20 episodes

The QAA Membership Podcast series hosts discussions on some of the biggest issues facing higher education institutions. 

QAA Membership Podcast QAA Membership

    • Education

The QAA Membership Podcast series hosts discussions on some of the biggest issues facing higher education institutions. 

    Embedding employability

    Embedding employability

    Our latest podcast explores the challenges we face in embedding employability in our curricula, and the kinds of strategies and support that can benefit both educators and their students. 
    To address these issues, we take a look at a new toolkit focusing on pedagogy, assessment and curriculum content, designed to help students gain the knowledge, skills and experience they need to transition into their lives and careers after HE.

    That toolkit was developed through a QAA-funded Collaborative Enhancement Project examining Inclusive Employability Development through the Curriculum – a project supported by our podcast's guest contributors, Aranee Manoharan, Senior Associate Director for Careers & Employability at King's College London, and Gemma Kenyon, Head of Careers at City, University of London. The podcast is chaired by QAA's Dr Kerr Castle.

    The project team will also be hosting an in-person launch event on 15 April. More information about this event will be added to the project webpage shortly.

    • 37 min
    The rewards of collaborative observation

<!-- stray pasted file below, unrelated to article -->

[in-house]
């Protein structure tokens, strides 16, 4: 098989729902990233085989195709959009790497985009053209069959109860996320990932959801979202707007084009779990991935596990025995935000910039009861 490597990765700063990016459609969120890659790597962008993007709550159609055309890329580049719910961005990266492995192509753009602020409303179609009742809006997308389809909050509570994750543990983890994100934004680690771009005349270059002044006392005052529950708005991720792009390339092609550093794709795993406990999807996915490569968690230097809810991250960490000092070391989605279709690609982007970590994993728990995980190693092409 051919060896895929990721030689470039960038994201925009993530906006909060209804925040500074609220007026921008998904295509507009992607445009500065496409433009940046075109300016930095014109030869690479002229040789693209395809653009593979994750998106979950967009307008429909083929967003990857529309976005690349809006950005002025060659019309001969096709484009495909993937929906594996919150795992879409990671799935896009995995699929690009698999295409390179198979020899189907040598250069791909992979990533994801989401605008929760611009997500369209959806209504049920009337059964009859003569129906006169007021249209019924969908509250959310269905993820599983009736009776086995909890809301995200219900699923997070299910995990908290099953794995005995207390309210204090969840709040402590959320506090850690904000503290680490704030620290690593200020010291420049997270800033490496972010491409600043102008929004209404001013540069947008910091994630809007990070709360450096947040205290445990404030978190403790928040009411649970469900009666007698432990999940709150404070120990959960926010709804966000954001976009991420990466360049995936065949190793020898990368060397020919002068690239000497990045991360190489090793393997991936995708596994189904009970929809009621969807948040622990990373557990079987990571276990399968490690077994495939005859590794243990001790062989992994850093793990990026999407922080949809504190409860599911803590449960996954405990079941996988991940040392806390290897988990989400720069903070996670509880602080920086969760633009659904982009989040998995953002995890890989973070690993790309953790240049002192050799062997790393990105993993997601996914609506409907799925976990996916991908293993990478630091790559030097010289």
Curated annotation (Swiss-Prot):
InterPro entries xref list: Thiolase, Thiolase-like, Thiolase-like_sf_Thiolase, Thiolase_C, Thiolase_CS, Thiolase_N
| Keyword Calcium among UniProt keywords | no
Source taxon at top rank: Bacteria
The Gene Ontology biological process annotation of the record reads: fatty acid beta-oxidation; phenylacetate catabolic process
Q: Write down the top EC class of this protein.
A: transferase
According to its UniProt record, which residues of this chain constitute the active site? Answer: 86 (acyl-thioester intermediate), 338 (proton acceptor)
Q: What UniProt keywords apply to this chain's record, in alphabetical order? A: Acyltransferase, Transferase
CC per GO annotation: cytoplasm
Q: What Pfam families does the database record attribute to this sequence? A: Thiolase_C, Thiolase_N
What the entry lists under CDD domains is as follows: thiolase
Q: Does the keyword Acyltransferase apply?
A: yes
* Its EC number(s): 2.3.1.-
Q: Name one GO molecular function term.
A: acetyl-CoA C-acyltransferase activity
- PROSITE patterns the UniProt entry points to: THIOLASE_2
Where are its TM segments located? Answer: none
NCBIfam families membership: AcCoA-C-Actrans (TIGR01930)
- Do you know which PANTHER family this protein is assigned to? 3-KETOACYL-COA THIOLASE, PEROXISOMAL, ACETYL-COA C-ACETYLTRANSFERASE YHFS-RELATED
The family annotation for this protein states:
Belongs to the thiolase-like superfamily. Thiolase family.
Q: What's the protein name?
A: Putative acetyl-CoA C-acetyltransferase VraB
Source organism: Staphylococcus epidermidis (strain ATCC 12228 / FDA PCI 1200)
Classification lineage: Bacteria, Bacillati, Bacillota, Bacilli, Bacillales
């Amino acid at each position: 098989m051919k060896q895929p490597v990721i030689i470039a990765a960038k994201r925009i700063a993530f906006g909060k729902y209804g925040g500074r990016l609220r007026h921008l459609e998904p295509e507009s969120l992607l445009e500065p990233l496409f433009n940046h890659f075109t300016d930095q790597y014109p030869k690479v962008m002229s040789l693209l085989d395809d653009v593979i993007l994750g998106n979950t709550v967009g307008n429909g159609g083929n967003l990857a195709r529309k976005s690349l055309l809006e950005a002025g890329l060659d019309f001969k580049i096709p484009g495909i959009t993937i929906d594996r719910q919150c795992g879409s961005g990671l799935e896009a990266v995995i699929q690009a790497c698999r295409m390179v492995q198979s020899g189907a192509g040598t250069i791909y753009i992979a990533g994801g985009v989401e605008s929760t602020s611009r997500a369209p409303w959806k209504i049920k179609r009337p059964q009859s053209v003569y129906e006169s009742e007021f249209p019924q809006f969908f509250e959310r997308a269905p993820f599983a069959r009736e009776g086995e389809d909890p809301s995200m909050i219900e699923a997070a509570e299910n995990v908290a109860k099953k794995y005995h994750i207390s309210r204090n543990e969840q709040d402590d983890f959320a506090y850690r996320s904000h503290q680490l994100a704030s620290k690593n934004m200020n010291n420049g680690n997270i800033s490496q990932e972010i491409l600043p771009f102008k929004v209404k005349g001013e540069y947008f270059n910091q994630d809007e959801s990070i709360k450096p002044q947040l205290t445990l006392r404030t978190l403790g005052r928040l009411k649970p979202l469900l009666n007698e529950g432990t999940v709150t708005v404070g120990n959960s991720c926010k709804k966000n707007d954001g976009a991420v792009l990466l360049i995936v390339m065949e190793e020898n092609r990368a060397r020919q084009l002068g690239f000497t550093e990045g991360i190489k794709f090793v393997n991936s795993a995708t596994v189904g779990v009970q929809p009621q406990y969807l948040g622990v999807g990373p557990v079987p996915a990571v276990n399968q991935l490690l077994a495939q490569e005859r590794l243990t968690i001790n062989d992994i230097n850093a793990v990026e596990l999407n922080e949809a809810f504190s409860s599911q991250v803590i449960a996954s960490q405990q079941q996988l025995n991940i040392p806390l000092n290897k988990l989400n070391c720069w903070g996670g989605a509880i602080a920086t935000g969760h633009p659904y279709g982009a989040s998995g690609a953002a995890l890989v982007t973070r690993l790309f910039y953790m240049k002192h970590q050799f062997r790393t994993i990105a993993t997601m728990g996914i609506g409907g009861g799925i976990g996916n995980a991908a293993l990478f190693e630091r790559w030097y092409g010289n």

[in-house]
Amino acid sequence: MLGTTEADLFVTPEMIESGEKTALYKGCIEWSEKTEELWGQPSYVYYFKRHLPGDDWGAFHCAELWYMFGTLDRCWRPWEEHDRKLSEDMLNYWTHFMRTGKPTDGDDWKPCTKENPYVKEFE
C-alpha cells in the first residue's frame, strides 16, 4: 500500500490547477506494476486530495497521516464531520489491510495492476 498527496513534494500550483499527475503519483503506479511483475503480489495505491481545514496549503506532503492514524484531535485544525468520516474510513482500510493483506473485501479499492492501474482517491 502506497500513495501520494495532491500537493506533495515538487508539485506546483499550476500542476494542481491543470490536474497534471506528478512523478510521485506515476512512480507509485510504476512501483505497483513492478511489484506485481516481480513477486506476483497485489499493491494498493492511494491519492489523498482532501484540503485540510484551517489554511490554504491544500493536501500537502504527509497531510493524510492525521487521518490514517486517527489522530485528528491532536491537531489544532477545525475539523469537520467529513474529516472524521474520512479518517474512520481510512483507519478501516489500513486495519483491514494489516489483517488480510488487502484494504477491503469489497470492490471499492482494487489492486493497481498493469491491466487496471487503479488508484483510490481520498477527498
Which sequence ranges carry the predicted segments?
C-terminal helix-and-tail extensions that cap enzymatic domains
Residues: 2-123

The rewards of collaborative observation

    In this latest episode, teaching staff and students from Loughborough University and Birmingham City University (BCU) come together to discuss the opportunities for enhancing the student learning experiences offered by a new collaborative observation project they’ve been engaged in.  
    The podcast is chaired by QAA's Dr Kerr Castle, who observes that this Collaborative Enhancement Project has been grounded in a sense of humanity and practicality which seems especially appealing in the current HE environment. 
    The project lead is Professor Matt O’Leary, Director of the Education Research Centre at BCU. Participants in the project – and in the podcast – also include Holly Pickford and Alistair Bardwell (lecturers in Health Sciences at BCU), Simran Gohil and Nikki Godridge (students in Health Sciences at BCU), and Dr Laura Jenkins and Dr Yanning Yang (university teachers in Psychology and Computer Science at Loughborough). 
    Professor O'Leary explains that "the essence of this project is that we have a collaboration between staff and students working as equals – as partners – through the vehicle of a cycle of collaborative observation."  
    The project has promoted opportunities for participants to reflect on their experiences of learning together and how these reflections have affected their overall understanding of their subject areas.

    You can find out more about this QAA-funded Collaborative Enhancement Project by visiting our website.
     

    • 36 min
    Exploring multimodality in higher education

    Exploring multimodality in higher education

    In this latest episode of the QAA Membership Podcast, Dr Kerr Castle (Quality Enhancement and Standards Specialist) explores multimodality in higher education with the team behind the QAA-funded Collaborative Enhancement Project, Harnessing Multimodality in Higher Education.